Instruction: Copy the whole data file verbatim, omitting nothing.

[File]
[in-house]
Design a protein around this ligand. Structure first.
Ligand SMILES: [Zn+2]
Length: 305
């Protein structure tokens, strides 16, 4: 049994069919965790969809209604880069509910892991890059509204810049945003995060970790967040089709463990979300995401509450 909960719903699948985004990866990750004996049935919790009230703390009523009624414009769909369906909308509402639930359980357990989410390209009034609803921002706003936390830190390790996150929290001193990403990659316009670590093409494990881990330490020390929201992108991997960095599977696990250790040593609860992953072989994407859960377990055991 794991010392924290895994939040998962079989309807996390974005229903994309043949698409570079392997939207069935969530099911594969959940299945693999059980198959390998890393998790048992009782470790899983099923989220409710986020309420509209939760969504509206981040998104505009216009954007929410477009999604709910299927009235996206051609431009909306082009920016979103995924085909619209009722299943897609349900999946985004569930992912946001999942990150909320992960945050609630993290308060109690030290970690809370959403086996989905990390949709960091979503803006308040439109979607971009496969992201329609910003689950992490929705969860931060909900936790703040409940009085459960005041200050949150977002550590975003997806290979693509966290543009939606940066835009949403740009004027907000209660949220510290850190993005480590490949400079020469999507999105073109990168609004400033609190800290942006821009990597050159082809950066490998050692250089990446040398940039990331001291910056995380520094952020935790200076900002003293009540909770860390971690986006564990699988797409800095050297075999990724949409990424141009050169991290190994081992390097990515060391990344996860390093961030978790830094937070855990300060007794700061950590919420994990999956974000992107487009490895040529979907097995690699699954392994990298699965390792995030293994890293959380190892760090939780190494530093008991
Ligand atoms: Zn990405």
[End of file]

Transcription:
[in-house]
Design a protein around this ligand. Structure first.
Ligand SMILES: [Zn+2]
Length: 305
């Protein structure tokens, strides 16, 4: 049994069919965790969809209604880069509910892991890059509204810049945003995060970790967040089709463990979300995401509450 909960719903699948985004990866990750004996049935919790009230703390009523009624414009769909369906909308509402639930359980357990989410390209009034609803921002706003936390830190390790996150929290001193990403990659316009670590093409494990881990330490020390929201992108991997960095599977696990250790040593609860992953072989994407859960377990055991 794991010392924290895994939040998962079989309807996390974005229903994309043949698409570079392997939207069935969530099911594969959940299945693999059980198959390998890393998790048992009782470790899983099923989220409710986020309420509209939760969504509206981040998104505009216009954007929410477009999604709910299927009235996206051609431009909306082009920016979103995924085909619209009722299943897609349900999946985004569930992912946001999942990150909320992960945050609630993290308060109690030290970690809370959403086996989905990390949709960091979503803006308040439109979607971009496969992201329609910003689950992490929705969860931060909900936790703040409940009085459960005041200050949150977002550590975003997806290979693509966290543009939606940066835009949403740009004027907000209660949220510290850190993005480590490949400079020469999507999105073109990168609004400033609190800290942006821009990597050159082809950066490998050692250089990446040398940039990331001291910056995380520094952020935790200076900002003293009540909770860390971690986006564990699988797409800095050297075999990724949409990424141009050169991290190994081992390097990515060391990344996860390093961030978790830094937070855990300060007794700061950590919420994990999956974000992107487009490895040529979907097995690699699954392994990298699965390792995030293994890293959380190892760090939780190494530093008991
Ligand atoms: Zn990405």